Minimising chilling injury in Italian-grown 'Hort16A' kiwifruit

J. Burdon, N. Lallu
The yellow-fleshed 'Hort16A' kiwifruit is characterised by a rapid softening after harvest and a susceptibility to chilling injury. Under Italian conditions, a sudden onset of cold weather may occur before the flesh colour change has been completed on the vine, slowing further colour change and resulting in a rapid softening of the fruit on the vine or soon after harvest. The negative effects of these weather conditions may be avoided by harvesting the fruit whilst still green-fleshed and firm, and degreening the fruit off the vine at temperatures above 5°C. However, early harvested fruit are susceptible to chilling injury. To minimise fruit losses after harvest, the degreening procedure needs to result in fruit that are degreened yet sufficiently firm for subsequent handling and storage and with a minimum of chilling injury after storage. In this project, in three experiments the effect on chilling injury of degreening at 4, 5, 7.5 and 10°C, degreening for a minimum or maximum period, and storage at between -0.8 and 3°C have been investigated. 'Hort16A' fruit were harvested with an average flesh colour of about 107 °hue. Chilling injury was minimised by degreening at 7.5 or 10°C compared with 4 or 5°C and storage at higher temperatures. In addition to minimising chilling injury, degreening at 7.5 or 10°C resulted in fruit that degreened more rapidly and were firmer at the end of degreening than was achieved by degreening at 4 or 5°C. It is concluded that it is feasible to degreen and store early harvested Italian LSQUOHort16ARSQUO fruit and this provides a strategy for avoiding the conditions that could otherwise result in soft green-fleshed fruit on the vine.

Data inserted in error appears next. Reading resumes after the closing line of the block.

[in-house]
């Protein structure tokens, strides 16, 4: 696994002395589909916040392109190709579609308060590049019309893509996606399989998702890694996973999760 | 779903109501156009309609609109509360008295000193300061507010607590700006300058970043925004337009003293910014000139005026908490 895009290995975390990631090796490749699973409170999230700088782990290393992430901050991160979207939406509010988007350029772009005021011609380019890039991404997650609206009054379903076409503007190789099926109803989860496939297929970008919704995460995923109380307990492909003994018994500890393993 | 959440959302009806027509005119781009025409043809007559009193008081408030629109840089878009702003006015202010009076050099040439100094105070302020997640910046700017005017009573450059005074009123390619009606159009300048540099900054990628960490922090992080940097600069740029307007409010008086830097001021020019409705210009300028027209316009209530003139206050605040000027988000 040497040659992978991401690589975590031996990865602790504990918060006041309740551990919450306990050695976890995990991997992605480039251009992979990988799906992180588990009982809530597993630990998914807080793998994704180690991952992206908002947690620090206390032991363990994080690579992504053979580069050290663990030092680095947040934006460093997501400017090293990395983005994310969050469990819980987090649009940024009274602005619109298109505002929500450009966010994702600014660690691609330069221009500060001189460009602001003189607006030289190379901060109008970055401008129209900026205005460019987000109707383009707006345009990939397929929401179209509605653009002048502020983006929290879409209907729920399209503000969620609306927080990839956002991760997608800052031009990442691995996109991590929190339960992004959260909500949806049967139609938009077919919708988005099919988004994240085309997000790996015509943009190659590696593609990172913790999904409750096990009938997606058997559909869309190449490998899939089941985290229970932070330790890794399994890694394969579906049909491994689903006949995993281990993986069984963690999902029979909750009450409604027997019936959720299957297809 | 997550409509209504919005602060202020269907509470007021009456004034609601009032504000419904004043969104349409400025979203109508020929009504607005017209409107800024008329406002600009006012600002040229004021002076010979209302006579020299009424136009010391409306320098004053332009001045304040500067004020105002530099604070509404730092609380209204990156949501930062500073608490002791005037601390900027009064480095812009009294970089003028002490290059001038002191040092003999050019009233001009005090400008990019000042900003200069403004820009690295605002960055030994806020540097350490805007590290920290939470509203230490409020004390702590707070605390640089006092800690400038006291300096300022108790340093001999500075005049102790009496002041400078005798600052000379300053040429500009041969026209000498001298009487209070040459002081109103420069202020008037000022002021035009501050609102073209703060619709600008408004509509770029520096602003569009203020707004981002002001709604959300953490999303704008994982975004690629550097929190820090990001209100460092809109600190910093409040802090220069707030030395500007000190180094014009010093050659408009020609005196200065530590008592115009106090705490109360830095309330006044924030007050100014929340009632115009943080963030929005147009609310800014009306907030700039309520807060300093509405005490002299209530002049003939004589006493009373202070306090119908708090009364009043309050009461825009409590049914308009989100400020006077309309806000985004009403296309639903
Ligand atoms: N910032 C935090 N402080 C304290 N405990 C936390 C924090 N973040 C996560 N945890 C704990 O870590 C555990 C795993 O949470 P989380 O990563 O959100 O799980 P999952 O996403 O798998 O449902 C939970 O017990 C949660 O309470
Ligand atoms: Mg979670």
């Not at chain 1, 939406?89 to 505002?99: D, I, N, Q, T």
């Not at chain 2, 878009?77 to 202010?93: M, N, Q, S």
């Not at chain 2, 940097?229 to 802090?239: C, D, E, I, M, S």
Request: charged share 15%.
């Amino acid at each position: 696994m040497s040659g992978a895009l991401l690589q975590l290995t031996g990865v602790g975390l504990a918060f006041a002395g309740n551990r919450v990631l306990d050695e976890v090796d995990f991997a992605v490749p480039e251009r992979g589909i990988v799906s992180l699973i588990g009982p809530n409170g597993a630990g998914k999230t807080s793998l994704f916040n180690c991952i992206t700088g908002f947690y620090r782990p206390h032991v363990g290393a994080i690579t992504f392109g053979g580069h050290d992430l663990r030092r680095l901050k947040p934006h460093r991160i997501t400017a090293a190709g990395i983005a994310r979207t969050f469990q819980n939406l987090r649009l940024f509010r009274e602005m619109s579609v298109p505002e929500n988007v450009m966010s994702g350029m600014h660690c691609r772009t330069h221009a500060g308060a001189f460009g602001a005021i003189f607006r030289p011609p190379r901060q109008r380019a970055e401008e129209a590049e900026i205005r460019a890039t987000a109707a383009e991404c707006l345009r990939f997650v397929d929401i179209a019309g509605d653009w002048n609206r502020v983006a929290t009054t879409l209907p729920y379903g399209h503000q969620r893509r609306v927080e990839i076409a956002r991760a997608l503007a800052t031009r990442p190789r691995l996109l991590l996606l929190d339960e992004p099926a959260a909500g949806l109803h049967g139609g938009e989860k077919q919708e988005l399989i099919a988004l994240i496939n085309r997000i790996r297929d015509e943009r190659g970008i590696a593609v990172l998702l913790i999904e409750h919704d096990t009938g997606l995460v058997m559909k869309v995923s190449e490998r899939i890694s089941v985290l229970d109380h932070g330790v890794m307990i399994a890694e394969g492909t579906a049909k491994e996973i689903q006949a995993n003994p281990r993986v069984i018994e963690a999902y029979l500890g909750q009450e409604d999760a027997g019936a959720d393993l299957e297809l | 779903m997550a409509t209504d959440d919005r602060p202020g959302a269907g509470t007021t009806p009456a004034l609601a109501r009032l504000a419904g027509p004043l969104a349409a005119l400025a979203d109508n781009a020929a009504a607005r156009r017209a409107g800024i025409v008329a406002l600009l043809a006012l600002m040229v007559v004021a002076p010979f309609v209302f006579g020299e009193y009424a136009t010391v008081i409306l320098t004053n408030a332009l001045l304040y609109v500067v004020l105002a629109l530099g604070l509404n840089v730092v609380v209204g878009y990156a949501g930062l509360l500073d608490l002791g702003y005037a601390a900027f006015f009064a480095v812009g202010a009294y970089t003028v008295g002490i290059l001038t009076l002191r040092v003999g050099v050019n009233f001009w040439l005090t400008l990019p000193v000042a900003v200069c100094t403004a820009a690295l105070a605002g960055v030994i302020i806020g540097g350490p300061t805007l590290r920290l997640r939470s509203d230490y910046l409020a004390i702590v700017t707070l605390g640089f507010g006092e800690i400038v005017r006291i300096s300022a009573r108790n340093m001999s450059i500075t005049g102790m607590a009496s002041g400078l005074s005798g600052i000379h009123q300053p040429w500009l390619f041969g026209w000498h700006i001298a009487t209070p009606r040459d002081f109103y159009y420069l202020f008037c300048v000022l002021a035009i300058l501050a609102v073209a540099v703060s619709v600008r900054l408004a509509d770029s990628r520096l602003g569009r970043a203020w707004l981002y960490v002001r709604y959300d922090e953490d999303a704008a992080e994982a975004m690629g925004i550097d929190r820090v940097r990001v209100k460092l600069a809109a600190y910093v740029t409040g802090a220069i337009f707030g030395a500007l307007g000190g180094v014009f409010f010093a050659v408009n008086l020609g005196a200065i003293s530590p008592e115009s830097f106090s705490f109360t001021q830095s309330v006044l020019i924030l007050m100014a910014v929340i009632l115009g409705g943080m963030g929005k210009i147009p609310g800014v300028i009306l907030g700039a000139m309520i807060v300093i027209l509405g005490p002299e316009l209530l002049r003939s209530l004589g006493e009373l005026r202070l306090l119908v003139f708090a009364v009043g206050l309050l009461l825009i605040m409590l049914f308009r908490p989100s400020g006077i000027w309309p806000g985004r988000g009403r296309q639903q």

Burdon, J. and Lallu, N. (2022). Minimising chilling injury in Italian-grown 'Hort16A' kiwifruit. Acta Hortic. 1332, 343-350
DOI: 10.17660/ActaHortic.2022.1332.45
low temperature, physiological, disorder, flesh colour, degreening, storage

Acta Horticulturae